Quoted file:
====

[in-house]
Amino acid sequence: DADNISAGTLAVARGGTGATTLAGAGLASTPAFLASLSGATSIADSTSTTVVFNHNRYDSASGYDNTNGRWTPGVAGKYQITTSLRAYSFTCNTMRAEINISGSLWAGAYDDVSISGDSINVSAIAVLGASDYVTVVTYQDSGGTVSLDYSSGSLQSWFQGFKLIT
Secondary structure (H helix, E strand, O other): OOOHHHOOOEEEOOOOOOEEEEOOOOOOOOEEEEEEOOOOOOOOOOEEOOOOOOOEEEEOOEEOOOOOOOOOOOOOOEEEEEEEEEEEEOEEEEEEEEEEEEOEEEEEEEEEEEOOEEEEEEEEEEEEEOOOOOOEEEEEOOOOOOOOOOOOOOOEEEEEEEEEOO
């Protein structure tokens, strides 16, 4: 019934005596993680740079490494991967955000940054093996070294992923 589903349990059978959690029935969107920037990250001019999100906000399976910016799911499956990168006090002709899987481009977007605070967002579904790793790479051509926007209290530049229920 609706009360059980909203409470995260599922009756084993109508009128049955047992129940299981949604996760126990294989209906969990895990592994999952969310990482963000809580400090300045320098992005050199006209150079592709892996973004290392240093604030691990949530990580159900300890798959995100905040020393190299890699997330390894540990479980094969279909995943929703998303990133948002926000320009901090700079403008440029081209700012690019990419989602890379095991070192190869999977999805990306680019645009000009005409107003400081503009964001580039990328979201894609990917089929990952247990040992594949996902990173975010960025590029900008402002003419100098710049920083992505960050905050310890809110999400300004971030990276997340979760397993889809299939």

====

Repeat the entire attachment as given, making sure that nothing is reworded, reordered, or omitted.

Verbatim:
[in-house]
Amino acid sequence: DADNISAGTLAVARGGTGATTLAGAGLASTPAFLASLSGATSIADSTSTTVVFNHNRYDSASGYDNTNGRWTPGVAGKYQITTSLRAYSFTCNTMRAEINISGSLWAGAYDDVSISGDSINVSAIAVLGASDYVTVVTYQDSGGTVSLDYSSGSLQSWFQGFKLIT
Secondary structure (H helix, E strand, O other): OOOHHHOOOEEEOOOOOOEEEEOOOOOOOOEEEEEEOOOOOOOOOOEEOOOOOOOEEEEOOEEOOOOOOOOOOOOOOEEEEEEEEEEEEOEEEEEEEEEEEEOEEEEEEEEEEEOOEEEEEEEEEEEEEOOOOOOEEEEEOOOOOOOOOOOOOOOEEEEEEEEEOO
């Protein structure tokens, strides 16, 4: 019934005596993680740079490494991967955000940054093996070294992923 589903349990059978959690029935969107920037990250001019999100906000399976910016799911499956990168006090002709899987481009977007605070967002579904790793790479051509926007209290530049229920 609706009360059980909203409470995260599922009756084993109508009128049955047992129940299981949604996760126990294989209906969990895990592994999952969310990482963000809580400090300045320098992005050199006209150079592709892996973004290392240093604030691990949530990580159900300890798959995100905040020393190299890699997330390894540990479980094969279909995943929703998303990133948002926000320009901090700079403008440029081209700012690019990419989602890379095991070192190869999977999805990306680019645009000009005409107003400081503009964001580039990328979201894609990917089929990952247990040992594949996902990173975010960025590029900008402002003419100098710049920083992505960050905050310890809110999400300004971030990276997340979760397993889809299939």